nora is the play's protagonist. at first, i was disgusted with her. she gave women a bad name. she is entirely superficial, preoccupied with her appearance and others' opinions, especially that of her husband. she is the stereotypical archetype of a woman. she is there for the sole pleasure of her husband and to take care of the children. she doesn't have a life outside of that, no real thoughts of her own. torvald, her husband, is condescending and considers her his possession, a thing, a beautiful doll in his beautiful house that he can boss around and instruct as he pleases. he belittles her with patronizing pet names, and he loves nora for her beauty and obedience. but she encourages this behavior. she basks in his attention and allows him to treat her like this. but as the play progresses, nora's secret is revealed and my disgust lessened. she took out a loan without her husband knowing. at this time in history, women were not allowed by law to take out loan's without their husbands' permission. she is very proud of what she did for her husband, she believed she saved his life, but she hides what she did for him because she understands that he could never accept him from a woman, not even his wife, because he has too much pride, exemplifying the idea of male superiority. while torvald thinks that nora just spends money like sand slipping through her fingers, she is actually using it for the loan, however feeding torvald's ideas that women are only capable of using money for shopping and trivial things. there is a part when they are going to a new year's eve party, and nora needs to look beautiful, dance beautifully, be perfect for torvald and for their appearance in society. she is torvald's sex kitten, she is constantly being objectified him him through his names and his attitude toward her and idea that she is his property. however, by the end of the play, i have the utmost respect for nora. after her secret has been exposed, torvald goes crazy with anger. she was willing to sacrifice her life for his by committing suicide but he catches her before she leaves the house. he says that nora ruined his life but he won't let her leave and demands that they pretend that nothing in wrong so they don't sacrifice his reputation anymore. however, after torvald receives a letter from krostad saying that he will stop blackmailing nora, torvald adopts a completely different attitude. he is glad that the ordeal is over and life can go back to normal. he tells nora to rely on him as her guardian and teacher as they attempt to put their life back together, "because he loves her and finds her all the more attractive for her dependence upon him." his gender bias is especially apparent in this statement and his idea of a wife. nora can't go back to their life after she understands how torvald really perceives her. she was hoping for something glorious to happen, he would love her anyways and appreciate what she did for him, and sacrifice himself for her and for love. torvald tells her that no man can sacrifice his honor, his integrity for love and nora replies that “hundreds of thousands of women have.? she has a revelation and she realizes the stifling oppression of torvald that she has been living under, how she is defined solely by being a wife and a mother, she has no real identity of her own, she has always been trying to please the male figures in her life, her father and husband, she has always sacrificed her ideas and who is for her men, and they treated her as a beautiful creature with no real substance. all of her illusions about love and the men of her life shatter and understands now that they never thought of her as an individual and she decides that she must leave torvald in order to find herself, define herself in her own terms. she realizes that she is as important as torvald and she is independent of him, it is necessary to let him control her life, she wants to take control of her life, she has a responsibility to herself above all. torvald tells her she must stay and fulfill her sacred duties as a wife and a mother, but she doesn't believe in that anymore. she has just as much of a duty to herself and she finally realizes that she is a human being over any of her other prescribed roles.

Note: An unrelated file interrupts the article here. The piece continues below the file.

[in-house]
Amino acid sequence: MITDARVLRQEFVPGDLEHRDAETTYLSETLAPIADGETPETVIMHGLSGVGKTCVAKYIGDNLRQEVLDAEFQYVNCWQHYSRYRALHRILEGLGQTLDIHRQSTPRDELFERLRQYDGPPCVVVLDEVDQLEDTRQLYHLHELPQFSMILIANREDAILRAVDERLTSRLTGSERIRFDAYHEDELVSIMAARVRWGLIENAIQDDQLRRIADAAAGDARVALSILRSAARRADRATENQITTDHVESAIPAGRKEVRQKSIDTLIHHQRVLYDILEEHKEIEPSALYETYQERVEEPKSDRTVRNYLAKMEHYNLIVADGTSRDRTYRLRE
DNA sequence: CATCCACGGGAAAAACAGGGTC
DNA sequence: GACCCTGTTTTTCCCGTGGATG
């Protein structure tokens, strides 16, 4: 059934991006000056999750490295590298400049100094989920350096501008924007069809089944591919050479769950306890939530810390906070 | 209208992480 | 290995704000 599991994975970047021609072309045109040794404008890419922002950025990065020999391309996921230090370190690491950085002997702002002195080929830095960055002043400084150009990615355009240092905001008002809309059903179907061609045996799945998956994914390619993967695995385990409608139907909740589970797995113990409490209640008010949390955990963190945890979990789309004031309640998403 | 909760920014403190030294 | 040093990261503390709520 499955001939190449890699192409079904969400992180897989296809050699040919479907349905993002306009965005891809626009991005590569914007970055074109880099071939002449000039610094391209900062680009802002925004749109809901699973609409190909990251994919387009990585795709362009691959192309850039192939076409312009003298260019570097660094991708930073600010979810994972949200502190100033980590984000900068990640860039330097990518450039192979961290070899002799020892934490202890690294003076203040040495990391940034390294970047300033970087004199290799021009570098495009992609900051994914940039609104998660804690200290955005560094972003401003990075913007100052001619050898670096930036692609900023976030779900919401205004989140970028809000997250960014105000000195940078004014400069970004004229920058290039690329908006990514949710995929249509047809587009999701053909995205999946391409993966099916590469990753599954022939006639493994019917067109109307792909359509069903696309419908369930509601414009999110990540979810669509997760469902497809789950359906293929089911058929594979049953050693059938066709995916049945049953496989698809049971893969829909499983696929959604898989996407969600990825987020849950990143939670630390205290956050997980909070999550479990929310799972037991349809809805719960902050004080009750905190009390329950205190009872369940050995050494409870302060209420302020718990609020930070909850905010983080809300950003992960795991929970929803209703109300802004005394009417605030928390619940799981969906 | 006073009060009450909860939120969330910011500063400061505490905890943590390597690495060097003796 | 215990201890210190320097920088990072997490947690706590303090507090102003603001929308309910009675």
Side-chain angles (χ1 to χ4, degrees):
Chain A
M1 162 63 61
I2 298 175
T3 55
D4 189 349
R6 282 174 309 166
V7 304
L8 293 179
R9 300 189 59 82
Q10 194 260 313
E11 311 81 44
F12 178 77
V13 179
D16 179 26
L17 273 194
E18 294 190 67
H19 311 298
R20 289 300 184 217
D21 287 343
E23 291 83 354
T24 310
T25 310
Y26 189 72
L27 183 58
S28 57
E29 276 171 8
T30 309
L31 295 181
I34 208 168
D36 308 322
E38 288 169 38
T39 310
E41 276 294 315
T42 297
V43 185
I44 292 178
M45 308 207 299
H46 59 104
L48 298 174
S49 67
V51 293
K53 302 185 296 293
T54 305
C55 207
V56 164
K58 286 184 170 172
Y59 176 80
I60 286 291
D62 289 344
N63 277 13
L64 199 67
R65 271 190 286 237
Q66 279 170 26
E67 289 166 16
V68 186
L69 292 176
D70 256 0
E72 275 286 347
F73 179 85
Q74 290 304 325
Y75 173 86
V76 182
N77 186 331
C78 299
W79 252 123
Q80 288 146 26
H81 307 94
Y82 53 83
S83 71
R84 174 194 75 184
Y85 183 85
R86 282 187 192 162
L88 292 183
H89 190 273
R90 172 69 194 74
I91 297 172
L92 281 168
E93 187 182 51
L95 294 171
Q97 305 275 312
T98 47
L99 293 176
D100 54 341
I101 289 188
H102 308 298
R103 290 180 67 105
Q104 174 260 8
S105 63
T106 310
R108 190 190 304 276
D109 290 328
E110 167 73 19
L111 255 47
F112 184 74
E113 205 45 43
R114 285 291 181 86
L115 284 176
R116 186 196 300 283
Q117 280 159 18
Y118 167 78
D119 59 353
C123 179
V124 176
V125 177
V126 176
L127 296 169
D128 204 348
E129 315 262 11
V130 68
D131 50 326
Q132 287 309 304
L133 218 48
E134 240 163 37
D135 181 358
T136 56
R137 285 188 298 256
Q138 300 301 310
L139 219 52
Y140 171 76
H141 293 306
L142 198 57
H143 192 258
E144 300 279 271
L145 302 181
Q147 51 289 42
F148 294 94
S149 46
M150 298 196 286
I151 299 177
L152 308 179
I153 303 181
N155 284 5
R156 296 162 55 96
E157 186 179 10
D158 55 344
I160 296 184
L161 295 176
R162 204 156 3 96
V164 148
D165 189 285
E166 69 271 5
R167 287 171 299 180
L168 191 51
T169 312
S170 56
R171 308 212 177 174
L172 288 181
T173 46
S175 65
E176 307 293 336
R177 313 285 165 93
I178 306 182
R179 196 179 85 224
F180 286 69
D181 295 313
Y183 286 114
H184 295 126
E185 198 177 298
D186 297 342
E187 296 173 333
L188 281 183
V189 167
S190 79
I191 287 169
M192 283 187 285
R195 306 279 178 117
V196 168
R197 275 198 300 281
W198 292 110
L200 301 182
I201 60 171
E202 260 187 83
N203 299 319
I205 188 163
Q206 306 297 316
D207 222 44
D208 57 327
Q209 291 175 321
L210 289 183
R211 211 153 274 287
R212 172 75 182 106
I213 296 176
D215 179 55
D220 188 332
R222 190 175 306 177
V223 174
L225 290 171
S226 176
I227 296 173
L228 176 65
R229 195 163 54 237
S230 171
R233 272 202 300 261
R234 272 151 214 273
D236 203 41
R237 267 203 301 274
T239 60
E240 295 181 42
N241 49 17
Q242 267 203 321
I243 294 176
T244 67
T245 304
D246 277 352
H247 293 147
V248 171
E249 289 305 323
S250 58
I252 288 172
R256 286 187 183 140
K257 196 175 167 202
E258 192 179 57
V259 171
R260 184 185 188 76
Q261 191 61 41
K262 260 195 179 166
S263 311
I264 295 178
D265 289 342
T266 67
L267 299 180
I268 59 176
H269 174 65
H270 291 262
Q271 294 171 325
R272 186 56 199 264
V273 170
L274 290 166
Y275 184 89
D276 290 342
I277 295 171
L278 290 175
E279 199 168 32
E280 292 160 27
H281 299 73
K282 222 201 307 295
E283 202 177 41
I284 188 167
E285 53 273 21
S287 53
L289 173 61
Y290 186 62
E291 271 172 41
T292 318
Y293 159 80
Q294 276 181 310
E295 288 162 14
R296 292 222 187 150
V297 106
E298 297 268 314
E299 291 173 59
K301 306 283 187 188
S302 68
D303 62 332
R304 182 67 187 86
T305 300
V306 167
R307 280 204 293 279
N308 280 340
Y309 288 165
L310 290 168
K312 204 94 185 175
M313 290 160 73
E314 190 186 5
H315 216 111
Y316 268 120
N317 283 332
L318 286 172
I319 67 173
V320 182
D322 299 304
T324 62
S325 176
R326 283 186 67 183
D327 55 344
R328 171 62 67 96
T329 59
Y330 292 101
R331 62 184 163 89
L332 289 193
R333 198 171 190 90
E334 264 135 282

what this play says to me:
an anti-sexist perspective is capable from a man, biases and stereotypes of women can be broken.